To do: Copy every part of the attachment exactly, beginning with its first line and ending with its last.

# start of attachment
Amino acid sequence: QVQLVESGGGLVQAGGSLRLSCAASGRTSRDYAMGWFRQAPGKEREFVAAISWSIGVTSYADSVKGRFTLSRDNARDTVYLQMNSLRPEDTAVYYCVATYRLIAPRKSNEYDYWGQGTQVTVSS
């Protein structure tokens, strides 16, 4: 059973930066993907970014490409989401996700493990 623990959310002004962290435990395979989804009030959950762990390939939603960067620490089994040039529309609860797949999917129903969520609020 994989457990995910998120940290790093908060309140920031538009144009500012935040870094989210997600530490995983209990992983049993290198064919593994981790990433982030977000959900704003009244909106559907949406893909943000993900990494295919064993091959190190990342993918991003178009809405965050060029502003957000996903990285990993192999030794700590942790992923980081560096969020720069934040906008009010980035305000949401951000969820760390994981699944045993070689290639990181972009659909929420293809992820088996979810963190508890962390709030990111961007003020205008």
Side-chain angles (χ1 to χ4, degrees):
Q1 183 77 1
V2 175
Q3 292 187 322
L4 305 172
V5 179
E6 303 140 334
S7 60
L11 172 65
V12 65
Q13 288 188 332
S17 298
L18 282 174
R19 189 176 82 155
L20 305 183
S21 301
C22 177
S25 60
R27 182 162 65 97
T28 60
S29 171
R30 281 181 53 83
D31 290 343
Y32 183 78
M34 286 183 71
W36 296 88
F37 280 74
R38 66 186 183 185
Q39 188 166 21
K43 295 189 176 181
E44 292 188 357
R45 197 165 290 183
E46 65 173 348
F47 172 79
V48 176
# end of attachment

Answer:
Amino acid sequence: QVQLVESGGGLVQAGGSLRLSCAASGRTSRDYAMGWFRQAPGKEREFVAAISWSIGVTSYADSVKGRFTLSRDNARDTVYLQMNSLRPEDTAVYYCVATYRLIAPRKSNEYDYWGQGTQVTVSS
């Protein structure tokens, strides 16, 4: 059973930066993907970014490409989401996700493990 623990959310002004962290435990395979989804009030959950762990390939939603960067620490089994040039529309609860797949999917129903969520609020 994989457990995910998120940290790093908060309140920031538009144009500012935040870094989210997600530490995983209990992983049993290198064919593994981790990433982030977000959900704003009244909106559907949406893909943000993900990494295919064993091959190190990342993918991003178009809405965050060029502003957000996903990285990993192999030794700590942790992923980081560096969020720069934040906008009010980035305000949401951000969820760390994981699944045993070689290639990181972009659909929420293809992820088996979810963190508890962390709030990111961007003020205008």
Side-chain angles (χ1 to χ4, degrees):
Q1 183 77 1
V2 175
Q3 292 187 322
L4 305 172
V5 179
E6 303 140 334
S7 60
L11 172 65
V12 65
Q13 288 188 332
S17 298
L18 282 174
R19 189 176 82 155
L20 305 183
S21 301
C22 177
S25 60
R27 182 162 65 97
T28 60
S29 171
R30 281 181 53 83
D31 290 343
Y32 183 78
M34 286 183 71
W36 296 88
F37 280 74
R38 66 186 183 185
Q39 188 166 21
K43 295 189 176 181
E44 292 188 357
R45 197 165 290 183
E46 65 173 348
F47 172 79
V48 176